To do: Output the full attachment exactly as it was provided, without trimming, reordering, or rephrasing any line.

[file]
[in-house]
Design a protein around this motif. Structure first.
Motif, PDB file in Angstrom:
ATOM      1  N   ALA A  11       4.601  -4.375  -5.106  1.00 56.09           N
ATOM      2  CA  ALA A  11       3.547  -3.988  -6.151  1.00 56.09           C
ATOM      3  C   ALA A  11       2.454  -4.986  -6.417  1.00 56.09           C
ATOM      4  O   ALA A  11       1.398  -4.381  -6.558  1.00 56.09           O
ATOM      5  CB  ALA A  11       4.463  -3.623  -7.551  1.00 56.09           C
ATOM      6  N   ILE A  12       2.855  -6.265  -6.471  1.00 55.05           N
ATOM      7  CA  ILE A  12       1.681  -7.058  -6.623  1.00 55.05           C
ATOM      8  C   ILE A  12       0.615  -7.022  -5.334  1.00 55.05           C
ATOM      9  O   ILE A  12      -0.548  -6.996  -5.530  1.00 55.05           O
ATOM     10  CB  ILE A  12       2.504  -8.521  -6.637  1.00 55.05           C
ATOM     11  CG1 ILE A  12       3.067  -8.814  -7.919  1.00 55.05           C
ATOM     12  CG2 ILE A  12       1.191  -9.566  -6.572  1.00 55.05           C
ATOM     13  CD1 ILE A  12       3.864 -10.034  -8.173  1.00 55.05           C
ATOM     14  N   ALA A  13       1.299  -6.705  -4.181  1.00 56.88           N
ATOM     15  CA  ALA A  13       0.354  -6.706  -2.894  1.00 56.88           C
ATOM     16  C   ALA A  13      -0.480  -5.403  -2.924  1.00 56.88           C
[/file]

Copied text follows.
[in-house]
Design a protein around this motif. Structure first.
Motif, PDB file in Angstrom:
ATOM      1  N   ALA A  11       4.601  -4.375  -5.106  1.00 56.09           N
ATOM      2  CA  ALA A  11       3.547  -3.988  -6.151  1.00 56.09           C
ATOM      3  C   ALA A  11       2.454  -4.986  -6.417  1.00 56.09           C
ATOM      4  O   ALA A  11       1.398  -4.381  -6.558  1.00 56.09           O
ATOM      5  CB  ALA A  11       4.463  -3.623  -7.551  1.00 56.09           C
ATOM      6  N   ILE A  12       2.855  -6.265  -6.471  1.00 55.05           N
ATOM      7  CA  ILE A  12       1.681  -7.058  -6.623  1.00 55.05           C
ATOM      8  C   ILE A  12       0.615  -7.022  -5.334  1.00 55.05           C
ATOM      9  O   ILE A  12      -0.548  -6.996  -5.530  1.00 55.05           O
ATOM     10  CB  ILE A  12       2.504  -8.521  -6.637  1.00 55.05           C
ATOM     11  CG1 ILE A  12       3.067  -8.814  -7.919  1.00 55.05           C
ATOM     12  CG2 ILE A  12       1.191  -9.566  -6.572  1.00 55.05           C
ATOM     13  CD1 ILE A  12       3.864 -10.034  -8.173  1.00 55.05           C
ATOM     14  N   ALA A  13       1.299  -6.705  -4.181  1.00 56.88           N
ATOM     15  CA  ALA A  13       0.354  -6.706  -2.894  1.00 56.88           C
ATOM     16  C   ALA A  13      -0.480  -5.403  -2.924  1.00 56.88           C